NSW's transport system is going to be a very different beast in 5 years

Trains will soon be driverless between he CBD and Rouse Hill.

New South Wales’ Future Transport Summit has now finished up in Sydney, and with that, we got a great look at what the government plans for the state’s future.

Some of brightest minds in Australia and the world, including Apple co-founder Steve Wozniak, all spoke about their visions for the future which included everything from driverless cars, a sharing economy and even robots at airports.

But over the next 5 years, these will be the biggest changes coming to NSW’s transport system.

Public transport

On Monday, transport minister Andrew Constance announced that the government would be trialling a new payment system for public transport where users can tap on with just their debit or credit card. The trial is scheduled to take place from early 2017 and will eventually spread to all buses, trains, ferries and light rail in Sydney.

The trial itself, like Opal, will be based off London’s Oyster system. To upgrade the London system, it cost the city roughly $125 million but the upgrade apparently paid for itself through admin savings and more people using the public transport system.

It’s expected to follow the same method as London’s, which has been in place since 2014, where both Opal and credit or debit cards will have the same fare rules applied.

On top of just standard credit or debit cards, the new upgrades would also open up the option to tap on using Apple Pay or Android Pay on your smartphone, and even smartwatches with payment capabilities such as the Apple Watch.

Looking a little bit further along, Constance also added that we can expect to see driverless buses added to the state’s fleet, which would add to the automated Sydney metro system already underway.

Driverless cars

This was a big part of the summit, with three major factors discussed. The first is that Constance believes autonomous vehicles will be on NSW roads within the next five years.

“We’re going to have driverless cars on our streets, in our suburbs,” he said.

It’s a bold statement, especially with only a handful of companies saying they will have products by then. Well, they hope to anyway. Constance acknowledged this, adding that the government has a big job ahead of them to get everything ready.

“If I look at the ways in which we’re going to have to change our transport planning, our road networks, the way in which insurance is going to change, all of this is going to happen incredibly quickly and I want us to be front and centre,” he said.

He acknowledged that South Australia was the first for initial road tests, which it completed in closed conditions with Volvo last November, but also said the state may have “jumped the gun a little bit”.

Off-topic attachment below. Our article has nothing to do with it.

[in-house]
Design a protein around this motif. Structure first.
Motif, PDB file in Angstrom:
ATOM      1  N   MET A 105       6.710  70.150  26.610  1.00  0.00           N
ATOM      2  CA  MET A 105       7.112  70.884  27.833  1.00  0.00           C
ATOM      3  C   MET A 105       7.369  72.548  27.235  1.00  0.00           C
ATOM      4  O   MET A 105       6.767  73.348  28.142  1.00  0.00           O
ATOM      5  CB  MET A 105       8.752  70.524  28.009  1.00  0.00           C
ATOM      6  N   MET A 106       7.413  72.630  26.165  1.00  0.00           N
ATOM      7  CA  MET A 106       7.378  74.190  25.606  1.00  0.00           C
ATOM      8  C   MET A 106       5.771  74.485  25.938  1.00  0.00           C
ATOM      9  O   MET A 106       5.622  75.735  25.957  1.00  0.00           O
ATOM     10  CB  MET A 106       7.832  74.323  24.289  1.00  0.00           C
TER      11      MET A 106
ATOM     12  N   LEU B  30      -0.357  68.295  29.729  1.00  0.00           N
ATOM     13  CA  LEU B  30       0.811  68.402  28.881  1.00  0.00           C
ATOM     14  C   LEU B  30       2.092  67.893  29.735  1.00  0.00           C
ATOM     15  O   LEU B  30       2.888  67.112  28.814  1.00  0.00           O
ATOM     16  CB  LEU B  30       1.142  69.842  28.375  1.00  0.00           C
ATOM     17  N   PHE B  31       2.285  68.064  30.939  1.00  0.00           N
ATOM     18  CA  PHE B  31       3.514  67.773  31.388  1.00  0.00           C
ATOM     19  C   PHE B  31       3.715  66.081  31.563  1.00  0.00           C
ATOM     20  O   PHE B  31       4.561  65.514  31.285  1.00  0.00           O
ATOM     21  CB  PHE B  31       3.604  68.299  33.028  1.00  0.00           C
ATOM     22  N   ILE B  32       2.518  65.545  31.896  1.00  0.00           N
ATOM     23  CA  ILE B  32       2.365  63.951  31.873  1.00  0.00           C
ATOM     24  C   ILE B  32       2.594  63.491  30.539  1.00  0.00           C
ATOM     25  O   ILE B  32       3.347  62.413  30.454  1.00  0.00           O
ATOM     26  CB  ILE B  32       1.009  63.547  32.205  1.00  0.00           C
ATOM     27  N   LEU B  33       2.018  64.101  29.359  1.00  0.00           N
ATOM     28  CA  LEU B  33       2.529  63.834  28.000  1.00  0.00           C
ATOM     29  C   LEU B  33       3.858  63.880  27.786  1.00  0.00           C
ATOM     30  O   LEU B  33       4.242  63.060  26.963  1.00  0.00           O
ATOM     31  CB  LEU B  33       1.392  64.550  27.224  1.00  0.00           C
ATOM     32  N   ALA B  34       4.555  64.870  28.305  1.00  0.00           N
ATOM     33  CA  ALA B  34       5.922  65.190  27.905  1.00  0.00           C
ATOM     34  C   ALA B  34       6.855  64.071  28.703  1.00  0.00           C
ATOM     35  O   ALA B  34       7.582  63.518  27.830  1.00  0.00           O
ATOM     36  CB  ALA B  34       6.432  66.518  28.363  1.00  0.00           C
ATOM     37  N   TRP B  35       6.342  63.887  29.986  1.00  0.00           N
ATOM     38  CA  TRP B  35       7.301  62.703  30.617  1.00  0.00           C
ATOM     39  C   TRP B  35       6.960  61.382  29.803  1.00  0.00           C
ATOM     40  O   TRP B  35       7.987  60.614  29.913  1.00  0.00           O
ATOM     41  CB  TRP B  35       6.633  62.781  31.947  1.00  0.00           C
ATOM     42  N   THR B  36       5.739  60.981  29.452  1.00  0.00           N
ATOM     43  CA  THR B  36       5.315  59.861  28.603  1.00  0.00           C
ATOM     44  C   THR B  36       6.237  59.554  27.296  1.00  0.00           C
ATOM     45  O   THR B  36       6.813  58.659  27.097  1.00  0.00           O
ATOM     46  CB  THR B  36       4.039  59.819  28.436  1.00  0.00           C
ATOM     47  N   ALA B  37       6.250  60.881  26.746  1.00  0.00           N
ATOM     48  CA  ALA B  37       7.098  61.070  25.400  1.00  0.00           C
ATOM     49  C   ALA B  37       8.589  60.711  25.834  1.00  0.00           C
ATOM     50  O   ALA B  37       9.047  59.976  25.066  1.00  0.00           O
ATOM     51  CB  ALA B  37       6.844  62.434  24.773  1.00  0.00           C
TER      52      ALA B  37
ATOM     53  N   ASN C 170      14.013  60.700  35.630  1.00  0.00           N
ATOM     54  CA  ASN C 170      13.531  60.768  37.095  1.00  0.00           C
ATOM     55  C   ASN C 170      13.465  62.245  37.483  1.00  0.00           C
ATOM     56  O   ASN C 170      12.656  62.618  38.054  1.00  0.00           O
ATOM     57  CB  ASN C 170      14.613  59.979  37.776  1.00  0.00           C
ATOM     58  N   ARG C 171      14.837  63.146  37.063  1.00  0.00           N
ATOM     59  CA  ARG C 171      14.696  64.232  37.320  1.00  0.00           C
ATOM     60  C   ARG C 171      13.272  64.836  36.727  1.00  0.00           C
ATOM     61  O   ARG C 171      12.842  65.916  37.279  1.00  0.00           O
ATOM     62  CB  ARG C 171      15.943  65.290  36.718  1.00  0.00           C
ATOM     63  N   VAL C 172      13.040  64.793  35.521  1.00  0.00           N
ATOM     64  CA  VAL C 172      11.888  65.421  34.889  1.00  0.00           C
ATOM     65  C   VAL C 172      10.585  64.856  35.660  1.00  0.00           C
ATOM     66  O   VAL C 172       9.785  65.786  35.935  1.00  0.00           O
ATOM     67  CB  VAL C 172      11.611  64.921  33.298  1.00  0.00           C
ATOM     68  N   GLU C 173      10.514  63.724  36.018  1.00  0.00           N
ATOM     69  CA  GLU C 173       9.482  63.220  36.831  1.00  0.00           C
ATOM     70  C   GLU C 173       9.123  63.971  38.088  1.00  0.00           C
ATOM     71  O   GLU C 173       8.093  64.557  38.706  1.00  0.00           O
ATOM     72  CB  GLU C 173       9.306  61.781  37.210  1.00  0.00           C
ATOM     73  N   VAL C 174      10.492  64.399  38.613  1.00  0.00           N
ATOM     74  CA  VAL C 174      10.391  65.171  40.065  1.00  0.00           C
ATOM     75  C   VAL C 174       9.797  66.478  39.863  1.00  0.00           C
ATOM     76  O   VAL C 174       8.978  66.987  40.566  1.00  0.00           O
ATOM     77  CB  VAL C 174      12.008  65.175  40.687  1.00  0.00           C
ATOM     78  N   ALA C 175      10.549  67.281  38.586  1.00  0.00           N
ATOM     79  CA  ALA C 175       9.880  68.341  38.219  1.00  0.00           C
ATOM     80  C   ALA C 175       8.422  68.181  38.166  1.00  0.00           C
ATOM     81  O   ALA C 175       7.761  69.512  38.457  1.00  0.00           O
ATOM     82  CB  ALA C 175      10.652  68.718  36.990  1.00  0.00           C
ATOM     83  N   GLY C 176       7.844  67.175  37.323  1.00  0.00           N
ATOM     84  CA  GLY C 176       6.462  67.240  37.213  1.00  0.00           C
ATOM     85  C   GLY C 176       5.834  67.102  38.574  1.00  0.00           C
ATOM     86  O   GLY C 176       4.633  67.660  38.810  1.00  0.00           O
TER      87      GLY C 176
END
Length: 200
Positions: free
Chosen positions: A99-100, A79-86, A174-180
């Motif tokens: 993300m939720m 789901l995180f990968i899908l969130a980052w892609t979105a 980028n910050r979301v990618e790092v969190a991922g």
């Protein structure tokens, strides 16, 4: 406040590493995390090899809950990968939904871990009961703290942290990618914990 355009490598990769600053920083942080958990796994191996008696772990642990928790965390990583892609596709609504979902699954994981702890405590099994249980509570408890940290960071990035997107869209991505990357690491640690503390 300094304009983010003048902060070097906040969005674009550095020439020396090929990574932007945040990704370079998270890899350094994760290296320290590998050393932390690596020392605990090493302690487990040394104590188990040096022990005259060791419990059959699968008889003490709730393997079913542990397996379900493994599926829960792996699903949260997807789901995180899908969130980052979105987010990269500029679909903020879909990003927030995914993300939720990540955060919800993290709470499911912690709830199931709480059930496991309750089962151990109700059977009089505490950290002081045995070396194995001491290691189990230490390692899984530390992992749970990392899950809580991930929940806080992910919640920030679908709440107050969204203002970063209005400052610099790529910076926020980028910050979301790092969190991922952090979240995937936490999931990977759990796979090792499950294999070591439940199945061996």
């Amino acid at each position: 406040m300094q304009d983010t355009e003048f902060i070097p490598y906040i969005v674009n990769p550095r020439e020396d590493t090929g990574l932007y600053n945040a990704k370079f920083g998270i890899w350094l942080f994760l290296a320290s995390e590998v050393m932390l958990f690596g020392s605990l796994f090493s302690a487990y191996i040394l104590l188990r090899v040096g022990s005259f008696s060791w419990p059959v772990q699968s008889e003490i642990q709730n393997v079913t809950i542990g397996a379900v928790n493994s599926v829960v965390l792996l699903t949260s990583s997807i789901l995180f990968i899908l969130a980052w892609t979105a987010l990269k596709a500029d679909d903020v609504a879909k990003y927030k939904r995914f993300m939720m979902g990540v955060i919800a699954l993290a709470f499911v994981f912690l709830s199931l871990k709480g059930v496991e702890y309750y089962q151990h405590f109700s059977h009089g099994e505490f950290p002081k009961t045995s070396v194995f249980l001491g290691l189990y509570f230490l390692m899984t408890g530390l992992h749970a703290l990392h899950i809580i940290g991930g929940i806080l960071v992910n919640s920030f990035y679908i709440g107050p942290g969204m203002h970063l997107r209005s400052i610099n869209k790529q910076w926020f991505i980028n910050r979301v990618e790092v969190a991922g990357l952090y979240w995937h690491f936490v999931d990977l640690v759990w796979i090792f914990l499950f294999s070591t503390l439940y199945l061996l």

As part of this bold goal, the NSW government is also opening a Smart Innovation Centre in Western Sydney which will house research around emerging transport and road technology, which includes autonomous vehicles.

“To prepare for the arrival of automated vehicles in the Australian car market, we’re working closely with our federal and interstate counterparts examining the necessary legislative, regulatory and road design changes — we want to get this right,” roads minister Duncan Gay said.

“This hub is going to support and optimise the outcomes of the introduction of automated vehicles as well as look at solutions for congestion and road safety.”

Less traffic congestion

Another big focus will be the use of machine-to-machine technology, which will become prevalent especially once 5G mobile networks launch between 2018 and 2020.

For now though, the government will be trialling technology that will allow trucks and major intersections to communicate so that trucks get more green lights.

The theory is that the change could improve travel times at over 100 major intersections in Sydney and result in smoother overall traffic across Sydney’s roads.

“Heavy vehicles take a long time to stop and start which can cause delays for all road users,” Gay said.

“This trial will detect a heavy vehicle approaching traffic lights and provide more green time, which will hopefully show us how we can ease delays for all motorists across the whole network in the future.

“We could potentially expand the use of this kind of technology to emergency vehicles and buses which could improve daily commutes – the opportunities are vast.”

The trial is being run in partnership with local tech company Cohda Wireless and will see 110 trucks fitted with the technology that allows them to talk with the lights.

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